Clark County Citizens United is not that Citizens United but won’t change name
When it was Heather Burgess’ turn to speak before a panel for Western Washington for the Growth Management Hearings Board earlier this week, she noted that she had a brief housing-keeping item to bring up.
Burgess was there on Wednesday representing Clark County Citizens United, a rural landowners group that’s appealing the county’s comprehensive plan, a document that’ll guide growth in Clark County.
Burgess wanted the record to be clear that she was representing Clark County Citizens United, not the Citizens United group that’s now synonymous with a highly publicized 2010 U.S. Supreme Court case that opened the floodgates for corporate money in elections.
And Burgess wanted to the record to not confuse her client with the other Citizens United. She asked that the board’s ruling, due next month, refer to her group as “Citizens” or “CCCU.”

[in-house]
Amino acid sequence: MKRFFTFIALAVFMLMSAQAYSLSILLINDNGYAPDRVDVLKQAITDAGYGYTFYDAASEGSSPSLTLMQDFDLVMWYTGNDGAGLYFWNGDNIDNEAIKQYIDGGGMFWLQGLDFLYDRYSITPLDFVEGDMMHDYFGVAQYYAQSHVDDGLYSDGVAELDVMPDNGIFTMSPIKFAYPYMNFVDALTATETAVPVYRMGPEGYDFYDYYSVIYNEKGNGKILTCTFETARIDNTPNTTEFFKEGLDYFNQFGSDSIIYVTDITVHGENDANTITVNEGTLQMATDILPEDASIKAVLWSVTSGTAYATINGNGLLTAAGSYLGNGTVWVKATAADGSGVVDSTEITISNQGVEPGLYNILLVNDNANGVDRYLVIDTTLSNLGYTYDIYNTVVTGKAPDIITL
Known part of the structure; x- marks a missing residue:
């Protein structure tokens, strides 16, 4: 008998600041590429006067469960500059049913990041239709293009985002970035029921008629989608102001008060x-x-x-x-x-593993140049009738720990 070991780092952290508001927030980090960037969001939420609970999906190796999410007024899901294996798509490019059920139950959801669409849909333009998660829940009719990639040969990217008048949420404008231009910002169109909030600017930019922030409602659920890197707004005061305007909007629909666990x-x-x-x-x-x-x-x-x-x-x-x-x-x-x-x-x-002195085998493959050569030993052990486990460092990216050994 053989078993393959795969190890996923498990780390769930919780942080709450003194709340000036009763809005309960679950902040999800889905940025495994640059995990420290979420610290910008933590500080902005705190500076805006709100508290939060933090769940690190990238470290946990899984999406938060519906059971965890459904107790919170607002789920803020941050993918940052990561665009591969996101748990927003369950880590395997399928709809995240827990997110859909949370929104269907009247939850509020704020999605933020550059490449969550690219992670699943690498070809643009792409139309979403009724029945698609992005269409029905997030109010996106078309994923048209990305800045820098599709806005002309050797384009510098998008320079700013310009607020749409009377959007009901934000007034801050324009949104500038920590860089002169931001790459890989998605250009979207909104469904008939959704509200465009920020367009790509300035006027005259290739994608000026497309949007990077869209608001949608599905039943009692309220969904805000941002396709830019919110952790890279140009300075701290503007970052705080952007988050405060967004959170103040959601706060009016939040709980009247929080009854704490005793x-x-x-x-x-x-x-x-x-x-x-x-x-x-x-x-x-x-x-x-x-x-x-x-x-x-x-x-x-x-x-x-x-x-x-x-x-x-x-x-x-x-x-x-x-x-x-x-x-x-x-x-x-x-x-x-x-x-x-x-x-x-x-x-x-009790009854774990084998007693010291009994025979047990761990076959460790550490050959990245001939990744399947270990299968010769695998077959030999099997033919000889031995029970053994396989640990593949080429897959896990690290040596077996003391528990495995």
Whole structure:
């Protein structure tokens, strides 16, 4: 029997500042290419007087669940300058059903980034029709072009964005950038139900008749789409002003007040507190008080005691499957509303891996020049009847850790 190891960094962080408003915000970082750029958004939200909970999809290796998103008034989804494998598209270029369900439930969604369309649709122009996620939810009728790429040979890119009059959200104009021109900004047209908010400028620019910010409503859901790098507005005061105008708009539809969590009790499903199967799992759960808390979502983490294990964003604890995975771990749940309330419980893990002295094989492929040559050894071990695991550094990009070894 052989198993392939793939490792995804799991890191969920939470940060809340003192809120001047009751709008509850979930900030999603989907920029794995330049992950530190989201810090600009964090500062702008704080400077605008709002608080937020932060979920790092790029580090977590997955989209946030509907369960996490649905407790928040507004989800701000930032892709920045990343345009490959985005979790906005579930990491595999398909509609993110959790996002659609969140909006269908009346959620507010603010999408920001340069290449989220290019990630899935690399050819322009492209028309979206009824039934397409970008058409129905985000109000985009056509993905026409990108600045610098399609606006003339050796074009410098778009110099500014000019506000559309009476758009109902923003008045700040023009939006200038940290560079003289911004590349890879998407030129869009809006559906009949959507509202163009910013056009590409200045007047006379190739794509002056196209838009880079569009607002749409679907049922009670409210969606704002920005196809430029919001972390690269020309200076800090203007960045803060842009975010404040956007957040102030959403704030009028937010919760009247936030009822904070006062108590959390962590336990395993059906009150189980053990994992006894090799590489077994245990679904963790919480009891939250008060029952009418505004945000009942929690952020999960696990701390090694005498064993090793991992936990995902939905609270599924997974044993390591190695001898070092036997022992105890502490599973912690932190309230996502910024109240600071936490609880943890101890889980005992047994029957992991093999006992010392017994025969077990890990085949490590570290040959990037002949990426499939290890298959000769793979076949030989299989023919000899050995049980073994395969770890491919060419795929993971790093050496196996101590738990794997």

I’ve been wondering about why CCCU has a name that so closely resembles such a controversial court case. Why pick such a confusing name that could make the rural landowners’ group a target for confused campaign finance reform advocates?
So I reached out to Susan Rasmussen, president of CCCU, asking about the name. She sent me back a long email explaining that her group was formed in 1994 in response to the county’s first-ever comprehensive plan. Despite the confusion, they’re not going to change it because they had it first.
Rasmussen noted she’s seen Christine Cook, a county deputy prosecutor, refer to her group as “Citizens United.”
“I considered that offensive and asked we not be referenced in that way,” wrote Rasmussen. “CCCU’s history goes back over 25 years and we would rather not change our name.”
Rasmussen noted she once reached out to a Portland State University economist who didn’t respond because of the exact same misperception. The economist, according to Rasmussen, suggested the group change its name.
“Consider yourself in good company,” Rasmussen wrote in response to my email.